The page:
Exploring Flipped Classroom Effects on Second Language Learners’ Cognitive Processing

Jeong Eun Kim, Hyunjin Park, Mijung Jang, Hosung Nam

Research output: Contribution to journalArticlepeer-review

56 Citations (Scopus)


This study investigated the cognitive effects of the flipped classroom approach in a content-based instructional context by comparing second language learners’ discourse in flipped vs. traditional classrooms in terms of (1) participation rate, (2) content of comments, (3) reasoning skills, and (4) interactional patterns. Learners in two intact classes participated and were taught in either a flipped classroom (n = 26) or a traditional classroom (n = 25). In the flipped class, the learners listened to an online lecture before class and participated in a small-group discussion in class. In contrast, the learners in the traditional class listened to a teacher-led lecture in class and then immediately participated in a small-group discussion in class. The learners’ discussions were audiorecorded. Quantitative and qualitative analyses indicated no difference in participation rates; however, the students in the flipped classroom produced more cognitive comments involving deeper information processing and higher-order reasoning skills and showed more cohesive interactional patterns than did the students in the traditional classroom. These results indicate that flipped classrooms can effectively promote higher-order thinking processes and in-depth, cohesive discussion in the content-based second language.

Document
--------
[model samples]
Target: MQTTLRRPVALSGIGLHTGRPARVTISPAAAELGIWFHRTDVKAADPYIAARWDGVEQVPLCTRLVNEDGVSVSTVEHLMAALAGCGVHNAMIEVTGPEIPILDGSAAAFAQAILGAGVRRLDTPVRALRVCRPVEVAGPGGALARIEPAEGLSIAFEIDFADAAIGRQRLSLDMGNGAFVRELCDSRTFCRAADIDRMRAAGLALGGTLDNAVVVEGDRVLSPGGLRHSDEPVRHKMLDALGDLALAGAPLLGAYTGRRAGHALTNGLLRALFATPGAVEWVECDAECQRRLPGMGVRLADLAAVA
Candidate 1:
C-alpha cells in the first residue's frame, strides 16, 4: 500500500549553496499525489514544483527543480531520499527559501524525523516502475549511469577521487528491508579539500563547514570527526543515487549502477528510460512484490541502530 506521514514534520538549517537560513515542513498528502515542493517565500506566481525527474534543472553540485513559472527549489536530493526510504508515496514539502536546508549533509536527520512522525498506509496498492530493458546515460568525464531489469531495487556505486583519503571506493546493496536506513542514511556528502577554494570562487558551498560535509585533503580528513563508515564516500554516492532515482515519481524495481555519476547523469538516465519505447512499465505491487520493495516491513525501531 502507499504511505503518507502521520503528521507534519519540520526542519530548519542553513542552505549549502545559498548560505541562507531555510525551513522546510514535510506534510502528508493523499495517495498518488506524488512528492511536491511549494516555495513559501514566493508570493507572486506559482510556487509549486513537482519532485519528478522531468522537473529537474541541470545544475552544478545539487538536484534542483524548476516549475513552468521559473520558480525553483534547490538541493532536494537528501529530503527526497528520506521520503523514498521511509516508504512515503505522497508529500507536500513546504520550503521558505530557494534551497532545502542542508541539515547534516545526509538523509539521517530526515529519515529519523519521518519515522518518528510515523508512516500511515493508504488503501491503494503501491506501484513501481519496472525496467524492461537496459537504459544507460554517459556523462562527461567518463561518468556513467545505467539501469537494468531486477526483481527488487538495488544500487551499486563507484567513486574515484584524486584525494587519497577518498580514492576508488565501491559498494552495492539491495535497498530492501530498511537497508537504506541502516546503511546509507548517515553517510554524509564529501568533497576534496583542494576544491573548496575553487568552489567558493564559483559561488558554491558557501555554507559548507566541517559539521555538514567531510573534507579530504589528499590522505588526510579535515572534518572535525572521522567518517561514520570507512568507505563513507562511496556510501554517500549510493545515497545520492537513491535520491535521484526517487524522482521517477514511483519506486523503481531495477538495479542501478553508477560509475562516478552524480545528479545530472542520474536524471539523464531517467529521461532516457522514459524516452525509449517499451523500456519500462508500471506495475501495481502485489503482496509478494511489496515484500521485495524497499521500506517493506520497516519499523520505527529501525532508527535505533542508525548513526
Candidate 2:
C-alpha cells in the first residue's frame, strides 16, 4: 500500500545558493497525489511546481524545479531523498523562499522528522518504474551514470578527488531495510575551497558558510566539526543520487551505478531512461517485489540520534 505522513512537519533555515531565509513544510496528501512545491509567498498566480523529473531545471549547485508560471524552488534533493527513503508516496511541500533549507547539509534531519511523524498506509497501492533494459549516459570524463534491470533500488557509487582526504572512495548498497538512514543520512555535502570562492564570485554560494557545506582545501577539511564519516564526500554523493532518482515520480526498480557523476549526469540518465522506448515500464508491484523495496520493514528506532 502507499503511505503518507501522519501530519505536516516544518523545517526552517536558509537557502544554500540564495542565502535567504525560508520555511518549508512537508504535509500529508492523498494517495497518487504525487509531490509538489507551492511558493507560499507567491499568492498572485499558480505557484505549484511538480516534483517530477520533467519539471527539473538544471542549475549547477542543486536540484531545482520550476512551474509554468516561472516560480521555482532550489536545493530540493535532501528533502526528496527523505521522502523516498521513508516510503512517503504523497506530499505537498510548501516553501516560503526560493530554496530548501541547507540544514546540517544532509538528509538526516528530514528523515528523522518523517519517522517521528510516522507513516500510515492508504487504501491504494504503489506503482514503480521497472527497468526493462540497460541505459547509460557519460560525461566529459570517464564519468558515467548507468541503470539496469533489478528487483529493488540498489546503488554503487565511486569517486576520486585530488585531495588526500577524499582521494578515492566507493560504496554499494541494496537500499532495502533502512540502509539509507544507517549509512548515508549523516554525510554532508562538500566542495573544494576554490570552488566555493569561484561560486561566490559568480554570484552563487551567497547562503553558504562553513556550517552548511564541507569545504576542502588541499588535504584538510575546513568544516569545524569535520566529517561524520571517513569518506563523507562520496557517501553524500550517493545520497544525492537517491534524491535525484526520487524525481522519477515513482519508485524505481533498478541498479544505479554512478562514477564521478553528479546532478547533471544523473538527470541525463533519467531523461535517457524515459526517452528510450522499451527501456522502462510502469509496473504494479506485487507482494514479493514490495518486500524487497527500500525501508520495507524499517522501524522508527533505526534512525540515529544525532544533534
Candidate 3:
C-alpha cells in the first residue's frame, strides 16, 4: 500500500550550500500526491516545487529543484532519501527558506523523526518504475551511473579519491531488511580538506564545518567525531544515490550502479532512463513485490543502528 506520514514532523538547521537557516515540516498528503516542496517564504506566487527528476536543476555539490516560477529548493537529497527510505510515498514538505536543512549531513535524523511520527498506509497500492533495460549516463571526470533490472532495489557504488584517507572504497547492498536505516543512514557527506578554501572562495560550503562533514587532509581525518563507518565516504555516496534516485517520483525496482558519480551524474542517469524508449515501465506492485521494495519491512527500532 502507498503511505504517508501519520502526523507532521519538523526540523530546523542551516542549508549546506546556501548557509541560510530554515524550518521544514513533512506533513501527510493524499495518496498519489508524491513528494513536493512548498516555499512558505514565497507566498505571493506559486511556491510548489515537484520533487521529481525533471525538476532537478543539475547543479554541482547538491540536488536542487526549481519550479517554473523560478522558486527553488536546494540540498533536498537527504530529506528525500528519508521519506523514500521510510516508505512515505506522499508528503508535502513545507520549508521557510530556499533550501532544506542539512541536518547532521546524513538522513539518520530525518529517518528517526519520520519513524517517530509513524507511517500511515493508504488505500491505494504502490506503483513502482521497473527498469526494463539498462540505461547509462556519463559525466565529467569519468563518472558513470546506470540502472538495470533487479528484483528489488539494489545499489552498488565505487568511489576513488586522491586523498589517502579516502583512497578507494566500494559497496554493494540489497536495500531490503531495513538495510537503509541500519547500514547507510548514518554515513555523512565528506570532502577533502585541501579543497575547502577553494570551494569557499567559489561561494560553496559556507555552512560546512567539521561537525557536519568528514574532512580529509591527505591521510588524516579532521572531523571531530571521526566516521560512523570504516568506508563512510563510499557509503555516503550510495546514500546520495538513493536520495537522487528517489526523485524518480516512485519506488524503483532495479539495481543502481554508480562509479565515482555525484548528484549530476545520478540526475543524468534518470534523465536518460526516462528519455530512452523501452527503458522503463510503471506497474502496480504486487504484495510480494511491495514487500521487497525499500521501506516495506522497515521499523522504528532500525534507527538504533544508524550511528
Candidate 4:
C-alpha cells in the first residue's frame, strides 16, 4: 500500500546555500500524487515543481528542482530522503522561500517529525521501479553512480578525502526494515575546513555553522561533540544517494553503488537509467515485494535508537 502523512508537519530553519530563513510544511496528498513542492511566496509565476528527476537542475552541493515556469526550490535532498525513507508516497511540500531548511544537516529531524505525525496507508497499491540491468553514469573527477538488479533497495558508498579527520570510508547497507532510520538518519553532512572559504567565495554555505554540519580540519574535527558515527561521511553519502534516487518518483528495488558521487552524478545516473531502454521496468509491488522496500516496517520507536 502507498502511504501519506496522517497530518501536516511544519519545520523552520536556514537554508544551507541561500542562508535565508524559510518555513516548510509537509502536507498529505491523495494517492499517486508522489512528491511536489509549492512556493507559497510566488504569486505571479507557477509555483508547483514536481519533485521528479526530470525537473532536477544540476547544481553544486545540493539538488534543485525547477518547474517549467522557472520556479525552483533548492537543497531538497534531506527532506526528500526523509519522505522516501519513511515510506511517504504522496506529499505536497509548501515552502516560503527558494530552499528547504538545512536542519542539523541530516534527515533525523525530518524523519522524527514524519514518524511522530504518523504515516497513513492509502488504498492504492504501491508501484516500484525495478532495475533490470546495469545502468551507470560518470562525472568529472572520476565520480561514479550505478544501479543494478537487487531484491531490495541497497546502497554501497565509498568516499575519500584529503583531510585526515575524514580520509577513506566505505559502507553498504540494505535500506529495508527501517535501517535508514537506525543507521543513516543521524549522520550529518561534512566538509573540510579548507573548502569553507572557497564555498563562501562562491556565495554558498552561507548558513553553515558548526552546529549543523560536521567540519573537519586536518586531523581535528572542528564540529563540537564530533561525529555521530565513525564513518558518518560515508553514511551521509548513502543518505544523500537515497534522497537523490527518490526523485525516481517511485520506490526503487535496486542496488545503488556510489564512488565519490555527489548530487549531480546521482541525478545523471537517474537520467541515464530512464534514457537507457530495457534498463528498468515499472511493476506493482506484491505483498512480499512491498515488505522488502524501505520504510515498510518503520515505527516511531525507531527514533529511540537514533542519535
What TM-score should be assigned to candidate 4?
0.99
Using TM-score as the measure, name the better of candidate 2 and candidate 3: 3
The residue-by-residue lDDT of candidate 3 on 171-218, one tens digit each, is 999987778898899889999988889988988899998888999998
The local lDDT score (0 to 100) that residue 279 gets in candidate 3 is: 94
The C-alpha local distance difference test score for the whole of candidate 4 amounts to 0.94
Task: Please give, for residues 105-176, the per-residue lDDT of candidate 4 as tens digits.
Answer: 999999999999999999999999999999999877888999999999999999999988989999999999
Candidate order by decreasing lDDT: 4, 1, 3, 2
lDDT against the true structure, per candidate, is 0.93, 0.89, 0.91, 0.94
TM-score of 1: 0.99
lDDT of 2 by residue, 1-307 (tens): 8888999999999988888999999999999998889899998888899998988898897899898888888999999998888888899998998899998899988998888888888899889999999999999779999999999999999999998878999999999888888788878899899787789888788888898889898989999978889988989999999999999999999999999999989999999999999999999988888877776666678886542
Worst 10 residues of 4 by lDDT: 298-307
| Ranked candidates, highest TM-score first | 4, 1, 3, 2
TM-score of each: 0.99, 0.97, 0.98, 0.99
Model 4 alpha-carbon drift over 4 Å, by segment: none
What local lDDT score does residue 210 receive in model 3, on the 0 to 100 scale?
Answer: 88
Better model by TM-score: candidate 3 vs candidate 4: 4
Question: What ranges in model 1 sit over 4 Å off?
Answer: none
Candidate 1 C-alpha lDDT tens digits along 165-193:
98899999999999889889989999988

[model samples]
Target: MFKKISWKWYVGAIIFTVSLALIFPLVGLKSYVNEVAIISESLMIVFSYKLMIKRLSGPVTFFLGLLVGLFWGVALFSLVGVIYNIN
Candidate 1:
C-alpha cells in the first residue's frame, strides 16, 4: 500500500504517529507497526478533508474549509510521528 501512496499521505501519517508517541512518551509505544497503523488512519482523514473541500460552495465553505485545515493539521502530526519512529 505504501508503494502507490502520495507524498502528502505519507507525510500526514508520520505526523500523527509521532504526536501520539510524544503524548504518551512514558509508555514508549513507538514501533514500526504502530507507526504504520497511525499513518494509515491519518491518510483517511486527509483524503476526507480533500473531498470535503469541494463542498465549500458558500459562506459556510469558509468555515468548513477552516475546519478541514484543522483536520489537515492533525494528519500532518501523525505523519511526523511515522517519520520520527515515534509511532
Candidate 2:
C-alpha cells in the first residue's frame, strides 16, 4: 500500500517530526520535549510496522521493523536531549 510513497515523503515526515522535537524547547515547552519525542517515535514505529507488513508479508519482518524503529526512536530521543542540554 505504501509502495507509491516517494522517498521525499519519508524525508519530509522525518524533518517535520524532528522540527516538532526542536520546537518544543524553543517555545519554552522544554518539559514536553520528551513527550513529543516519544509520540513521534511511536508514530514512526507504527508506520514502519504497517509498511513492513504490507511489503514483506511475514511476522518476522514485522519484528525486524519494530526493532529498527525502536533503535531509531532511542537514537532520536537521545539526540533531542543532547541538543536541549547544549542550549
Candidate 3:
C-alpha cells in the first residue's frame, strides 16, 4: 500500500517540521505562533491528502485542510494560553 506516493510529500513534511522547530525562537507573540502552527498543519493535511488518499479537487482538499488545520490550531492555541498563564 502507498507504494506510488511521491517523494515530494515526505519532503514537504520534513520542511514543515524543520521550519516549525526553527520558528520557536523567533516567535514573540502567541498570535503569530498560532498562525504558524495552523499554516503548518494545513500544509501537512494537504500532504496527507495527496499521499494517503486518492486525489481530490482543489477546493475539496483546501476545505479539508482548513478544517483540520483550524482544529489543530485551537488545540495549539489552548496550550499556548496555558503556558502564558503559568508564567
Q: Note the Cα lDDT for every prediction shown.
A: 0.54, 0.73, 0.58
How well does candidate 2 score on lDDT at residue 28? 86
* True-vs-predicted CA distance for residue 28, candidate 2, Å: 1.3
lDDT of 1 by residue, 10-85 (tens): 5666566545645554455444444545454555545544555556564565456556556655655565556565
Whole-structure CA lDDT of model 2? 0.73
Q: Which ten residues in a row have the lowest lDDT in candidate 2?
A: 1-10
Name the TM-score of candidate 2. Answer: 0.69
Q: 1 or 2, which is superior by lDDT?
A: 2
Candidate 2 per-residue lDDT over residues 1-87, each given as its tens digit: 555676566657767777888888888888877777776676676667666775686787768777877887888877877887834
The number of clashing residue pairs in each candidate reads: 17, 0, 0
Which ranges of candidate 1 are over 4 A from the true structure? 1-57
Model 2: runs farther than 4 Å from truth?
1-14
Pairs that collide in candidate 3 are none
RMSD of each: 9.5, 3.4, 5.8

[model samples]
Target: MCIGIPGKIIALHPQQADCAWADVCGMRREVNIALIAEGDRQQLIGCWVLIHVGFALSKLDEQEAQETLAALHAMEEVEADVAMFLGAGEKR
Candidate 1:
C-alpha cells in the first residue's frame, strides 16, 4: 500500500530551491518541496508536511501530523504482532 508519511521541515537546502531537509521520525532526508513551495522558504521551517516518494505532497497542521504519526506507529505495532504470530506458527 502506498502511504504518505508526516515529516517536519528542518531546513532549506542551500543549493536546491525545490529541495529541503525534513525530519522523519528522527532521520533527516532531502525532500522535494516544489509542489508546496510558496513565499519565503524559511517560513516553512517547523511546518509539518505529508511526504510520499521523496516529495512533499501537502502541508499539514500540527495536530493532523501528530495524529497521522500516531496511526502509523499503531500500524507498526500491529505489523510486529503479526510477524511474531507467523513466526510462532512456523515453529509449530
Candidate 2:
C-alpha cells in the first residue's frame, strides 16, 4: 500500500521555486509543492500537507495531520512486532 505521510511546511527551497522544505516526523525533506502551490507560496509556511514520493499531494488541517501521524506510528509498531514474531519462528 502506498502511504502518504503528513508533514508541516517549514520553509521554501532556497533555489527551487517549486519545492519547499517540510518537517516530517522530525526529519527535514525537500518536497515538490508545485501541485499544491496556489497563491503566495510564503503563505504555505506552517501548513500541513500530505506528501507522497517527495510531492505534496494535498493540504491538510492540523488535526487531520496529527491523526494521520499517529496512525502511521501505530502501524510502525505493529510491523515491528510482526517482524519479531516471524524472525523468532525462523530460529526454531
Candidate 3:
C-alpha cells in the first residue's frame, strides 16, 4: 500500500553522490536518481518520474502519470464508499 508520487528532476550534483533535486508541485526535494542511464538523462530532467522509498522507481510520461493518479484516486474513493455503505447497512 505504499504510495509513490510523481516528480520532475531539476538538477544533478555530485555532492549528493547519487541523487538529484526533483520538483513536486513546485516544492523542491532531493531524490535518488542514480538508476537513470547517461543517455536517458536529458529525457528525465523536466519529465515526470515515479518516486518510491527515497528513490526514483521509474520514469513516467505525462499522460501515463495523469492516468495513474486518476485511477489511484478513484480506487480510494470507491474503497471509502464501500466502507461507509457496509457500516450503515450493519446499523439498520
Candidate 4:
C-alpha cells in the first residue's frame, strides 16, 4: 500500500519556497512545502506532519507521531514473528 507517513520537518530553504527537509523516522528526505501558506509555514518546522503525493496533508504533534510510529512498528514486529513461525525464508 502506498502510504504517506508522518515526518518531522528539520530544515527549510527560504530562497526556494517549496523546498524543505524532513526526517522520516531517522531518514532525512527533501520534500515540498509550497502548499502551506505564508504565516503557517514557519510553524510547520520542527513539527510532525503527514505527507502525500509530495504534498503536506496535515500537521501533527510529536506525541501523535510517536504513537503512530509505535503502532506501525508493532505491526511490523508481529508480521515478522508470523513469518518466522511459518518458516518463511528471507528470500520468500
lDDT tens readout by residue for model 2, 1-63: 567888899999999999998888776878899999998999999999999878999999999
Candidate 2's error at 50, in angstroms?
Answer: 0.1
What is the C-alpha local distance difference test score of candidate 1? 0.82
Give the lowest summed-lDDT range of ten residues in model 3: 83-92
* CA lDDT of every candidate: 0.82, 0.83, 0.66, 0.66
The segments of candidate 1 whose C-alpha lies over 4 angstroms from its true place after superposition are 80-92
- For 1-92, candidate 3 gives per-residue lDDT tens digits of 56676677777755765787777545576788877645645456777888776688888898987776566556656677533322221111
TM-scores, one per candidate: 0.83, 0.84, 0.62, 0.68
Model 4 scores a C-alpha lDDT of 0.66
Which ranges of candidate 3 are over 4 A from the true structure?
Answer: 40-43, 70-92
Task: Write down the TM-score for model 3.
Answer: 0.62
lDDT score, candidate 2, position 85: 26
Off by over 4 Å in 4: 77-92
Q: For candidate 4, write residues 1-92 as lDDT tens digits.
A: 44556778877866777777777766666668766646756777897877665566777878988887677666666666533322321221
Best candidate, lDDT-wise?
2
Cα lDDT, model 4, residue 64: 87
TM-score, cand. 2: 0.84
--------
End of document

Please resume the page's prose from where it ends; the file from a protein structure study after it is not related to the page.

Original languageEnglish
Pages (from-to)260-284
Number of pages25
JournalForeign Language Annals
Issue number2
Publication statusPublished - 2017 Jun 1

Bibliographical note

Funding Information:
This work was supported by the Ministry of Education of the Republic of Korea and the National Research Foundation of Korea (NRF-2016S1A5A8019396).

Publisher Copyright:
© 2017 by American Council on the Teaching of Foreign Languages


  • blended learning
  • classroom discourse
  • critical and higher-level thinking
  • flipped classroom
  • student-centered learning

ASJC Scopus subject areas

  • Linguistics and Language


Dive into the research topics of 'Exploring Flipped Classroom Effects on Second Language Learners’ Cognitive Processing'. Together they form a unique fingerprint.

Cite this